Interestingly, the area has combined with the Singaporean youth culture to be one of the hippest and most artistic parts of the city. Hajj Lane, a narrow street on the edge of the area is filled with quirky boutique stores, coffee shops and bars. The street art in the area has also drawn in tourists who love to flash a selfie in front of some of the vibrant walls before diving into a matcha ice cream puff.

If you’re keen to absorb yourself in the Arab Street culture, check out some of the Turkish and Lebanese restaurants on Bussorah Street. You can also hop onto one of the Masjid Sultan Mosque’s guided tours to learn more about the area.

Nearest MRT Station: Bugis

Joo Chiat 

It can often be hard to pinpoint what is ‘Singaporean’ in a country of so many cultures. But perhaps what best represents the city best is Peranakan culture. The culture came about when Chinese migrants came to Singapore and married local Malaysians. The culture is often thought to be the best representation of Singapore, and the Joo Chiat area is one of the best places to learn more about it. A must see in the area is the Peranakan Heritage Centre, a museum dedicated to the world’s finest collection of Peranakan artefacts. The museum highlights the various elements of the Peranakan culture, which is made up of so many cultures from across Asia.

Another favourite spot in this area is Kway Guan Huat, a food store which makes Popiah, a Peranakan type of Spring Roll which is very popular in Singapore. Local chef Zita serves up the rolls filled with either crabmeat or mushrooms. This article has more traditional eats in the Joo Chiat area.

Nearest MRT Station: Paya Lebar or Eunos

Tiong Bahru

Every neighbourhood you explore in Singapore has a different personality, and Tiong Bahru certainly has it’s own very unique atmosphere. The art deco enclave is both one of the cities most traditional local neighbourhoods, and also one of the hippest spots for the cities youth. The rows of white shophouses are home to quirky cafes, bookstores and boutique shopping. BooksActually is one of the best bookstores I have been to in the world. While it’s small, it stocks a diverse collection of literature, magazines and local publications. It also has a small section of souvenirs and vintage bric-and-brac.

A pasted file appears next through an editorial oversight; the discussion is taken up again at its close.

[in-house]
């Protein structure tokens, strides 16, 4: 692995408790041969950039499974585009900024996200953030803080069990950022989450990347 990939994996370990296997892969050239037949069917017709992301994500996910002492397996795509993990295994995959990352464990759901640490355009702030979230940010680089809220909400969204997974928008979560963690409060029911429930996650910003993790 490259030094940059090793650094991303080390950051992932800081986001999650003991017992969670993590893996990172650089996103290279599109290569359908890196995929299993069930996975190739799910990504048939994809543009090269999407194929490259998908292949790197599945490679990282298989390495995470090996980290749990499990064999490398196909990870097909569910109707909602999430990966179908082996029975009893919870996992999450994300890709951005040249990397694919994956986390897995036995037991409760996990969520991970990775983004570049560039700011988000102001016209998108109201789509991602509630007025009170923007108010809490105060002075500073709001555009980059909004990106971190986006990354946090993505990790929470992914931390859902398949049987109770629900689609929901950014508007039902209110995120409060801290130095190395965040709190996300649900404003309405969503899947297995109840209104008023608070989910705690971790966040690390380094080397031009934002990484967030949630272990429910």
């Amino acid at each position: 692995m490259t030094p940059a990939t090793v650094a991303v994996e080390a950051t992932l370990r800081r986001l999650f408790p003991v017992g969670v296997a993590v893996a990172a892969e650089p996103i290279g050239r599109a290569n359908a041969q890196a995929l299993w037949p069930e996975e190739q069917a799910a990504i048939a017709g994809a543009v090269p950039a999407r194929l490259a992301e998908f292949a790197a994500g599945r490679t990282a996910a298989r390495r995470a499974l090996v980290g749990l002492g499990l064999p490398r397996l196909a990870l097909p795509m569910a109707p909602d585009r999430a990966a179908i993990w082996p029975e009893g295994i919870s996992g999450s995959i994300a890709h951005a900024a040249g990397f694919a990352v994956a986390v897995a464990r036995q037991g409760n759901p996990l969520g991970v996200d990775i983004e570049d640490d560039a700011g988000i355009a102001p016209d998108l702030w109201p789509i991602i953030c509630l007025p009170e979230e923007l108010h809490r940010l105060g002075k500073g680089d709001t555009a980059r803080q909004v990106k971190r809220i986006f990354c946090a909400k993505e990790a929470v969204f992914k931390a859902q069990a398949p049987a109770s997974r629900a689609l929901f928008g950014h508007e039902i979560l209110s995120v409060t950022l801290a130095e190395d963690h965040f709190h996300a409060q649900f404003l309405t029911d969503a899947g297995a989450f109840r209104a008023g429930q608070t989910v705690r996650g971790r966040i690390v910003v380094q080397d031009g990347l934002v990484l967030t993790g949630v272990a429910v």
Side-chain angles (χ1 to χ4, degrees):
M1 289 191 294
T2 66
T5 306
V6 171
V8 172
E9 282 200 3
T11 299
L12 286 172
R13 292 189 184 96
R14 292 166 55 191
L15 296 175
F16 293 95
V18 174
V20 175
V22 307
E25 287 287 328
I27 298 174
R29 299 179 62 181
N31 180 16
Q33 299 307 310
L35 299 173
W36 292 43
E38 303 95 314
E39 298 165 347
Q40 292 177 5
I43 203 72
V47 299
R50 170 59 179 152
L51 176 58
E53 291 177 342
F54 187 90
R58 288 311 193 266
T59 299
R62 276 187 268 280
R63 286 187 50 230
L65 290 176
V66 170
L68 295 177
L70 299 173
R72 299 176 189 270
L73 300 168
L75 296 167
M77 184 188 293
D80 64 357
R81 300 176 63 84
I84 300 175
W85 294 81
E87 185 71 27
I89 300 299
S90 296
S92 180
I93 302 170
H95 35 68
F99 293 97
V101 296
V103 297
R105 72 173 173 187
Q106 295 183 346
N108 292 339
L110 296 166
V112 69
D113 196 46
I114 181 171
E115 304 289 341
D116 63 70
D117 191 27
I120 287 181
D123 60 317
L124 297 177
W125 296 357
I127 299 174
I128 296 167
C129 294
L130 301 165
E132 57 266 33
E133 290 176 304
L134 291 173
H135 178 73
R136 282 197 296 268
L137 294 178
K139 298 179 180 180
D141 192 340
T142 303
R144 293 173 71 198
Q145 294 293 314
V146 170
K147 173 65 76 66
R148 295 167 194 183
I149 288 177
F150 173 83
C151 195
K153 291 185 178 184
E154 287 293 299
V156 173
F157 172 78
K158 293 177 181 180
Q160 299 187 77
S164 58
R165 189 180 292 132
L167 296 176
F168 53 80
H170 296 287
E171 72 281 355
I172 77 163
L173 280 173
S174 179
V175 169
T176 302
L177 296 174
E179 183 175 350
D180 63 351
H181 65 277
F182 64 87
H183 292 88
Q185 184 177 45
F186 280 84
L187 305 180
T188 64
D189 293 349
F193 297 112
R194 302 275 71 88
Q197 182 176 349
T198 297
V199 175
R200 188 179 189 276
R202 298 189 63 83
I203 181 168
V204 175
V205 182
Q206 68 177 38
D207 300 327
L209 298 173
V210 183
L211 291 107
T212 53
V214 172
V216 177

The area is also one of the best places in the city to grab brunch or a coffee and cake. One of the best spots is the forever busy Tiong Bahru Bakery, which serves up French-inspired pastries. Just around the corner is Curated Records, a must for any vinyl lovers in the city.

As well as soaking up the cafes and creative stores, Tiong Bahru is a great place to explore local life. When you arrive, you’ll find the huge Tiong Bahru Market and food centre in the centre of the neighbourhood. Upstairs, there’s a hawker centre where you can try authentic Singaporean foods, such as ku chye kueh, a rice flour cake with chives. It’s perfectly washed down with a Soya Bean Milk Tea. I also recommend walking around the palm-lined houses – you’ll find lots of quirky street art and friendly local cats.

Nearest MRT Station: Tiong Bahru

Information

Getting there: Singapore is one of the biggest airports in South East Asia and it can be a great hub to start your trip to the region. Singapore Airlines is one of the best airlines I have been on, and it flies from many cities around the world.

Getting Around: Singapore is an incredibly convenient city and the MRT is cheap and can take you almost everywhere. All signs and announcements are in English, so it is very easy to navigate for a tourist.

Where to Stay: If you fancy splurging, we recommend the wonderful Shangri-La which is set in its own gardens and feels like a wonderful retreat from the humid city. For a budget option, there are many great hostels in the Arab Street and Little India areas. We recommend Shophouse which has an amazing location right by Hajj Lane. Singapore is also a great place to Couchsurf as locals are friendly and accommodating and generally speak very good English. There are also many great Couchsurfing meet-ups around the city every week.

More Information: Visit Singapore has a really excellent website which lists a whole host of things to do, see and places to explore in the city.


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A Guide to Singapore's Neighbourhoods

Annapurna Mellor is a travel photographer, writer and co-founder of Roam Magazine. She fell in love with Asia shortly after graduating and has since spent extensive periods travelling and photographing in India, Nepal, Myanmar and many more. She shoots regularly for brands and publications and her work can be found in National Geographic Traveller Magazine, Lonely Planet, Suitcase and The Guardian. When not on the road, she is based in Manchester, UK.